>
>
> [Clayton Kirkwood]
> From the interpreter:
>
> import io
> import io.FileIO
> Traceback (most recent call last):
>   File "<string>", line 1, in <fragment>
> builtins.ImportError: No module named 'io.FileIO'; 'io' is not a package

Hi Clayton,

Ah.  But 'FileIO' is not a module.  It's a value in the 'io' module.
We can see this here:

#######################################################
dhcp-9:work dyoo$ python
Python 2.7.5 (default, Mar  9 2014, 22:15:05)
[GCC 4.2.1 Compatible Apple LLVM 5.0 (clang-500.0.68)] on darwin
Type "help", "copyright", "credits" or "license" for more information.
>>> import io
>>> io
<module 'io' from
'/System/Library/Frameworks/Python.framework/Versions/2.7/lib/python2.7/io.pyc'>
>>> io.FileIO
<type '_io.FileIO'>
#######################################################

When we say:

    import xxx

then the "xxx" has to be a module.

The 'from/import' statement is deceptively named, unfortunately; it's
doing a little more than just module import.

    https://docs.python.org/2/tutorial/modules.html#more-on-modules

where when we say:

   from xxx import yyy

then xxx.yyy could be a module, or it might not.  The act of module
import is involved, so in a sense, the statement is doing an import.
But the 'yyy' doesn't have to be a module.

When we say:

   from io import FileIO

we are taking a value from the 'io' module, and giving it the name 'FileIO

So yeah, it's a little confusing.  For that reason, certain style
guidelines have a say when something is appropriate to write, apart
from what Python technically allows.  As a concrete example, see:

    https://google-styleguide.googlecode.com/svn/trunk/pyguide.html?showone=Imports#Imports

Here, we see a style decision that is _more_ restrictive than what the
Python language allows.

> Huh.  Can you point to a reference?  Note that third-party documentation (and official documentation!)
might be buggy or weird.
> :P  If you can point us to an example, maybe one of us can investigate what's going on there.
> [Clayton Kirkwood]
>
>
> Example from ' http://www.tutorialspoint.com/python/python_files_io.htm'
>
> #!/usr/bin/python
>
> str = raw_input("Enter your input: ");
> print "Received input is : ", str

Just because something is on the web (or email) doesn't mean it's
correct or prefect.

:)

--

There are a few small problems with this example from tutorialspoint:

1.  The semicolon is superfluous.

Take it out: it will still work.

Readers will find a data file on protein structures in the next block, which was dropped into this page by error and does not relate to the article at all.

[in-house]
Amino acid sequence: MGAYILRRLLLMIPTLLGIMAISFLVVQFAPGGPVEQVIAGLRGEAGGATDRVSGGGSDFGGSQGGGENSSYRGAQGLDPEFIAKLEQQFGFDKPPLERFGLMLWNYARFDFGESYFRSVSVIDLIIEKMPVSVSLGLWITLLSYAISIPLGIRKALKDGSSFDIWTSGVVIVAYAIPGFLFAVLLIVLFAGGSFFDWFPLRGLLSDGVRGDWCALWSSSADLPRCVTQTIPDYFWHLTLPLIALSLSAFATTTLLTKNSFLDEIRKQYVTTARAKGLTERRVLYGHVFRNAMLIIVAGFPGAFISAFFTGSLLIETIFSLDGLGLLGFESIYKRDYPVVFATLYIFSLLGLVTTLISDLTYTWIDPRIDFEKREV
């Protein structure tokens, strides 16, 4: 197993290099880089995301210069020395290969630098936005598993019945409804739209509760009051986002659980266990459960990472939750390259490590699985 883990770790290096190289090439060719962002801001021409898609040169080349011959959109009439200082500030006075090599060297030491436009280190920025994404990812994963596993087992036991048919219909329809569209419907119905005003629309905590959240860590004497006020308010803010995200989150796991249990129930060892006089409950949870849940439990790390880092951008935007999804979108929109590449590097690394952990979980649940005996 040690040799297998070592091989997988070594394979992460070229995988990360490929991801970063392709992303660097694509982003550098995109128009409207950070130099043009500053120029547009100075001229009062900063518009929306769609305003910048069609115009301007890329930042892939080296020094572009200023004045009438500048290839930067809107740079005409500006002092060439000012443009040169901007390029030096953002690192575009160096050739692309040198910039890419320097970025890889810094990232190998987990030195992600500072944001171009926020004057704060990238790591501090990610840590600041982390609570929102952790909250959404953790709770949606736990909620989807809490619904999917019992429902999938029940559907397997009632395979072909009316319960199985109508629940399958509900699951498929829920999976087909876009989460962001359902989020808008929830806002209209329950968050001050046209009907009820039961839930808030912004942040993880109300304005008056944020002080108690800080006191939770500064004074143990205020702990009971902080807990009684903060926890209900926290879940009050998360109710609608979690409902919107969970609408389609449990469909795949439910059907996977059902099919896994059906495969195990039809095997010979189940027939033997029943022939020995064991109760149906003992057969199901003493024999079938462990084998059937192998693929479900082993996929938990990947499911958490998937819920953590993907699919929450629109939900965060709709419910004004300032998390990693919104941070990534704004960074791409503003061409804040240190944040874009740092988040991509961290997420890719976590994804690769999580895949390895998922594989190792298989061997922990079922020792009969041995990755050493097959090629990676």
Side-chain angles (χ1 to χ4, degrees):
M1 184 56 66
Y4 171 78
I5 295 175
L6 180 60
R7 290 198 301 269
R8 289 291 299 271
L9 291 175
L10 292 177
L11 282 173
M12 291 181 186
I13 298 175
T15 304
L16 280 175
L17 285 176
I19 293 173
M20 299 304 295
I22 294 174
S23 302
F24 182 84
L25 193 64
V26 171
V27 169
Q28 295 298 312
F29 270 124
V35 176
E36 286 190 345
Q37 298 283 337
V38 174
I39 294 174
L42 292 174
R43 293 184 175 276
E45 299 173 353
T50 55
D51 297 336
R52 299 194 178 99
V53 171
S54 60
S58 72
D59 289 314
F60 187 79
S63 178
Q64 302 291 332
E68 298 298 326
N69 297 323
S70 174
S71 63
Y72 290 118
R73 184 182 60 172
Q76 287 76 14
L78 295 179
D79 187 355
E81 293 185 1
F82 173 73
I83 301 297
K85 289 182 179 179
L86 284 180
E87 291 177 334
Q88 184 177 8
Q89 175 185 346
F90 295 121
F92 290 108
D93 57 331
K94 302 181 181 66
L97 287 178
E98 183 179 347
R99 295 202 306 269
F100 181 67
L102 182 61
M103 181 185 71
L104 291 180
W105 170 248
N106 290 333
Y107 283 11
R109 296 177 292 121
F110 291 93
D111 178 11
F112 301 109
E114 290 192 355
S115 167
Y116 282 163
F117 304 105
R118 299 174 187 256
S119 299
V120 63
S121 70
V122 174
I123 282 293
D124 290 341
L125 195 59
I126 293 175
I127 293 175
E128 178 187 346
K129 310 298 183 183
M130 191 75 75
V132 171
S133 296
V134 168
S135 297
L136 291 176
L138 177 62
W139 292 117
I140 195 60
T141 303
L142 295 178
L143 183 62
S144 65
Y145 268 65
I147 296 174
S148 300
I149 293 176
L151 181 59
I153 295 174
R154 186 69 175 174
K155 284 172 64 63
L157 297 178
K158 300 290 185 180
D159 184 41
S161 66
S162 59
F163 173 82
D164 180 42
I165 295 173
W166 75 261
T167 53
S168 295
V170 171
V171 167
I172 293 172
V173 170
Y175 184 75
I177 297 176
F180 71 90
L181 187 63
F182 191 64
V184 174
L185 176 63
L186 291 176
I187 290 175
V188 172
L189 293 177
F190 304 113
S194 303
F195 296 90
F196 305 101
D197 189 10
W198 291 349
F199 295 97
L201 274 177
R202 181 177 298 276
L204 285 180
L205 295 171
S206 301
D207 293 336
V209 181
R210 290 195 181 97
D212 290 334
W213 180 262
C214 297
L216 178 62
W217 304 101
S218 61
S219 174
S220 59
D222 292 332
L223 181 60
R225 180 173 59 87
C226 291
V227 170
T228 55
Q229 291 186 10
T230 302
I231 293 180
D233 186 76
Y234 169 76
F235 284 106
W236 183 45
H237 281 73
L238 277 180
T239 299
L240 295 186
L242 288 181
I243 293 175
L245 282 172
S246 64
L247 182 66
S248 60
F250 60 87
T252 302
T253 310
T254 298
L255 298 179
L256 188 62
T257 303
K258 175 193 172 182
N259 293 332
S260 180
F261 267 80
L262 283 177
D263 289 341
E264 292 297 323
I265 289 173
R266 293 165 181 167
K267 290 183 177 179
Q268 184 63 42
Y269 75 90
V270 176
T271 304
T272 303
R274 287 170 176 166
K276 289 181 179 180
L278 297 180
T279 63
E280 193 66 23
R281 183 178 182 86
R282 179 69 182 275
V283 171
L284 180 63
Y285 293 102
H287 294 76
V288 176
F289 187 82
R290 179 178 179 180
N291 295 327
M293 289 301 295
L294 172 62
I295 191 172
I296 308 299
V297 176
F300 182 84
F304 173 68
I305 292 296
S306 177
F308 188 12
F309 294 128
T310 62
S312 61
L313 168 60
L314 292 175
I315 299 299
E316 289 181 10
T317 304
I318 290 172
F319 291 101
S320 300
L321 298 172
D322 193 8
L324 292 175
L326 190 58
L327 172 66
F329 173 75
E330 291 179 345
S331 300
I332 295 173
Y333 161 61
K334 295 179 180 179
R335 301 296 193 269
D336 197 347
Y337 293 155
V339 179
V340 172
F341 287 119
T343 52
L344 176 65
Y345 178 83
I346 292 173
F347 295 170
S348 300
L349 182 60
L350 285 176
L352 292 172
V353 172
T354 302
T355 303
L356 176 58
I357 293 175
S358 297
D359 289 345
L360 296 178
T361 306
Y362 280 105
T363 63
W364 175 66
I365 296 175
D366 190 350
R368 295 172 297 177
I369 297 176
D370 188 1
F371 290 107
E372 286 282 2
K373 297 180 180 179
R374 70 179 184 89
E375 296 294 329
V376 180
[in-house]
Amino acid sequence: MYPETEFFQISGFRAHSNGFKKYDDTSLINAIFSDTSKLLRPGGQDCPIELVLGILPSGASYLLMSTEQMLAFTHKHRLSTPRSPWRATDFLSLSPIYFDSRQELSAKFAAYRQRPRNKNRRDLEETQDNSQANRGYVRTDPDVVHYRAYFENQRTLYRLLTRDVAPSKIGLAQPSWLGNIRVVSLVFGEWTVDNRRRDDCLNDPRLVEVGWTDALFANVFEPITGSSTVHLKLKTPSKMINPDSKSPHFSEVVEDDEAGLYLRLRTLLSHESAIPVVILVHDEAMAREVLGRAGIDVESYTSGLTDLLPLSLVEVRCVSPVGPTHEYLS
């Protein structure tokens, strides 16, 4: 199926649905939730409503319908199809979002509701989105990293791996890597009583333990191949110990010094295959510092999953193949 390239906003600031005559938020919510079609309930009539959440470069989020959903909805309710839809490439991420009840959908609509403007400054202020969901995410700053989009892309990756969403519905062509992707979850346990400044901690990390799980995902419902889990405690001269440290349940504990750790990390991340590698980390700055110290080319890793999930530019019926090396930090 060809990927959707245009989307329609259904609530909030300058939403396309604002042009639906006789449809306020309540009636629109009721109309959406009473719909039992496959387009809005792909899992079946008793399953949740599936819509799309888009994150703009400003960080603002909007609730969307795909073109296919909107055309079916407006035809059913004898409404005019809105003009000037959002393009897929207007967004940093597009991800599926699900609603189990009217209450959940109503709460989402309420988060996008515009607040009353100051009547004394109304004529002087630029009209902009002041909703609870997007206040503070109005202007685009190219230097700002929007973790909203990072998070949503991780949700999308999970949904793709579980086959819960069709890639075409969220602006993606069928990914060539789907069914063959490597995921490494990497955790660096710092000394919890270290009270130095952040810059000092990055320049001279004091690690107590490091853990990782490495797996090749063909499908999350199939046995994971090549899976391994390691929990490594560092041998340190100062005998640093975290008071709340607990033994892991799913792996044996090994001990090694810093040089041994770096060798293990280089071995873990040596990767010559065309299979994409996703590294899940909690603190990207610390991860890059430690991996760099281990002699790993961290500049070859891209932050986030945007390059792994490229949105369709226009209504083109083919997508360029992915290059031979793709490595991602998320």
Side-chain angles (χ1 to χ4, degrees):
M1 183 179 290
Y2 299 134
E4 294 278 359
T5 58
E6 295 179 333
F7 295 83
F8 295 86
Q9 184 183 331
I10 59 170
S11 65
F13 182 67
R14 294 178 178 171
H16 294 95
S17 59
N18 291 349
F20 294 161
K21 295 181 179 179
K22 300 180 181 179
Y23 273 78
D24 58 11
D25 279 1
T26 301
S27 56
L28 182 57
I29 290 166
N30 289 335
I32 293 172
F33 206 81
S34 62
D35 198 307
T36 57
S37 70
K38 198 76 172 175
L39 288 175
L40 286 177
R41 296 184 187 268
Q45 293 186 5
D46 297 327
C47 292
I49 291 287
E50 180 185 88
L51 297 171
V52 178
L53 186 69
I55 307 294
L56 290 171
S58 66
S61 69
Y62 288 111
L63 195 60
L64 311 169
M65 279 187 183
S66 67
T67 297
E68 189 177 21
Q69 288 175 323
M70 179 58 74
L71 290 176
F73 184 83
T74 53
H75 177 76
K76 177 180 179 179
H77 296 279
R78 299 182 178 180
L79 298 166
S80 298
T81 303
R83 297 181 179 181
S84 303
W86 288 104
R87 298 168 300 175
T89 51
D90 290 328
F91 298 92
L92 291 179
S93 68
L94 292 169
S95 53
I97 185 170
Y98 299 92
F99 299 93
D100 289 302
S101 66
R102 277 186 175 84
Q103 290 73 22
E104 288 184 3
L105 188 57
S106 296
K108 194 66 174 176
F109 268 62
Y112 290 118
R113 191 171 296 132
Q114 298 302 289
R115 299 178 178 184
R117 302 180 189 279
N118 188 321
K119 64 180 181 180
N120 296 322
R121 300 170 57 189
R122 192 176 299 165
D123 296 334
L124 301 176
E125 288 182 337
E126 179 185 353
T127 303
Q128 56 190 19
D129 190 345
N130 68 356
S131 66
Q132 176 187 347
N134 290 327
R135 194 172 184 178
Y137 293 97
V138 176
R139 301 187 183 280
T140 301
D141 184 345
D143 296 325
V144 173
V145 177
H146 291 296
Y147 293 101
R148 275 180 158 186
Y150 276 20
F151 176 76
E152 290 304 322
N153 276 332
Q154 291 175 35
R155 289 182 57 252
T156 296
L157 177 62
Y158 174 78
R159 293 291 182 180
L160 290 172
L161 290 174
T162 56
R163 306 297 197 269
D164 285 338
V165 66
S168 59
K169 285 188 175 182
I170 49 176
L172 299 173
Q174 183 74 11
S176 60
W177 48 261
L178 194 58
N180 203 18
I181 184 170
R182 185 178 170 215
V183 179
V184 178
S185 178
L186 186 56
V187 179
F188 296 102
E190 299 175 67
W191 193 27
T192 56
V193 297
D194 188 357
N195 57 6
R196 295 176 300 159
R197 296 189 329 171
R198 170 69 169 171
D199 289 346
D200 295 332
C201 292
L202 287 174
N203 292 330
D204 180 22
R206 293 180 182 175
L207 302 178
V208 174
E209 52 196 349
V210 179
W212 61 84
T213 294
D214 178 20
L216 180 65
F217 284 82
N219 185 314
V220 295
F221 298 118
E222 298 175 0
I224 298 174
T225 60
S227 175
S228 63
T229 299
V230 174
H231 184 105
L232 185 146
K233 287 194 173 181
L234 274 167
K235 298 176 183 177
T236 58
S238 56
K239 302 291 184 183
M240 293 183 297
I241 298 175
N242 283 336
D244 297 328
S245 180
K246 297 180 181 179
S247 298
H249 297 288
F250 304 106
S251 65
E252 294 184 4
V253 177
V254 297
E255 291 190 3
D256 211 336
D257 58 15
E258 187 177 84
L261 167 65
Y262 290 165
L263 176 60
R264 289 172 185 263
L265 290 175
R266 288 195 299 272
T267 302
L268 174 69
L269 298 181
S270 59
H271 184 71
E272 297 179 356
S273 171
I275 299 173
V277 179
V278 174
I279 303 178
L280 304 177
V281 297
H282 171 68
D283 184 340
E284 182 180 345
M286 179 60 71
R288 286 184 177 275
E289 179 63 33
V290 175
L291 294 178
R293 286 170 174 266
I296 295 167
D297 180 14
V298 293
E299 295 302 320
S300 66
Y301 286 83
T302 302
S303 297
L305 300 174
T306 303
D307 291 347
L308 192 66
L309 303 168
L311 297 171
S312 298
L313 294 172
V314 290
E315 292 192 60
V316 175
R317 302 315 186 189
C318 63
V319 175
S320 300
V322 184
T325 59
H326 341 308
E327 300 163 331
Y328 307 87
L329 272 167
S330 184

2.  The name 'str' is already a built-in,

    https://docs.python.org/2/library/functions.html#str

so the code here is shadowing the built-in.

In such a small test program, this is fine.  In a real program, I'd
ding this for readability issues.
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Joel Goldstick | 21 Sep 21:21 2014
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Re: Python 3: List Comprehensions + range

On Sun, Sep 21, 2014 at 2:36 PM, Juan Christian
<juan0christian <at> gmail.com> wrote:
> On Sun, Sep 21, 2014 at 3:28 PM, Joel Goldstick <joel.goldstick <at> gmail.com>
> wrote:
>>
>> You are calling Season with different parameters than it was defined to
>> accept.
>
>
> No, I'm not.
>
> Season > def __init__(self, ID, season, serie)
>
> and I'm calling it with Season(ID, season, self), I'm giving everything
> needed, don't I?

Shouldn't it be:  Season(ID, season, serie)?
>
> _______________________________________________
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>

--

-- 
Joel Goldstick
http://joelgoldstick.com
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Juan Christian | 21 Sep 16:18 2014
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Python 3: List Comprehensions + range

I have a ' self.size = json['number_of_seasons'] ' that equals 5 (already checked), the problem is that the API have some series with special seasons, aka, season_number = 0, and I don't want to get those.

I have the following list comp: self.season = [Season(ID, season, self) for season in range(1, self.size + 1)]

Let's say I want Breaking Bad, 5 seasons, but this serie has a special season 0. Reading the list comp, I get a range from 1 (in order to ignore season 0) to 5 (range is half-open, so I need size + 1, maybe later I can implement a closed_range, but I don't think this will be necessary as this is the only place I'll ever use this). Then I get the current number and hold it on the var season, then I call Season() with this number, but I'm still fetching episodes from the season 0 and I don't know why!

Code:

import requests
from consts import API
from person import Person
from character import Character


class Serie:
def __init__(self, ID):
response = requests.get('{query}/{id}?api_key={key}'.format(query = API.QUERY_SERIE, id = ID, key = API.KEY))
json = response.json()

self.id = ID
self.title = json['name']
self.date = json['first_air_date']
self.size = json['number_of_seasons']
self.season = [Season(ID, season, self) for season in range(1, self.size + 1)]


class Season:
def __init__(self, ID, season, serie):
response = requests.get('{query}/{id}/season/{s}?api_key={key}'.format(query = API.QUERY_SERIE, id = ID, s = season, key = API.KEY))
json = response.json()

self.number = season
self.serie = serie
self.date = json['air_date']
self.episode = [Episode(ID, episode['episode_number'], self) for episode in json['episodes']]
self.size = len(self.episode)


class Episode:
def __init__(self, ID, episode, season):
response = requests.get('{query}/{id}/season/{s}/episode/{e}?api_key={key}'.format(query = API.QUERY_EPISODE, id = ID, s = season, e = episode, key = API.KEY))
json = response.json()
print(json)
print("\n")
self.number = episode
self.title = json['name']
self.date = json['air_date']

response = requests.get('{query}/{id}/season/{s}/episode/{e}/credits?api_key={key}'.format(query = API.QUERY_EPISODE, id = ID, s = season, e = episode, key = API.KEY))
json = response.json()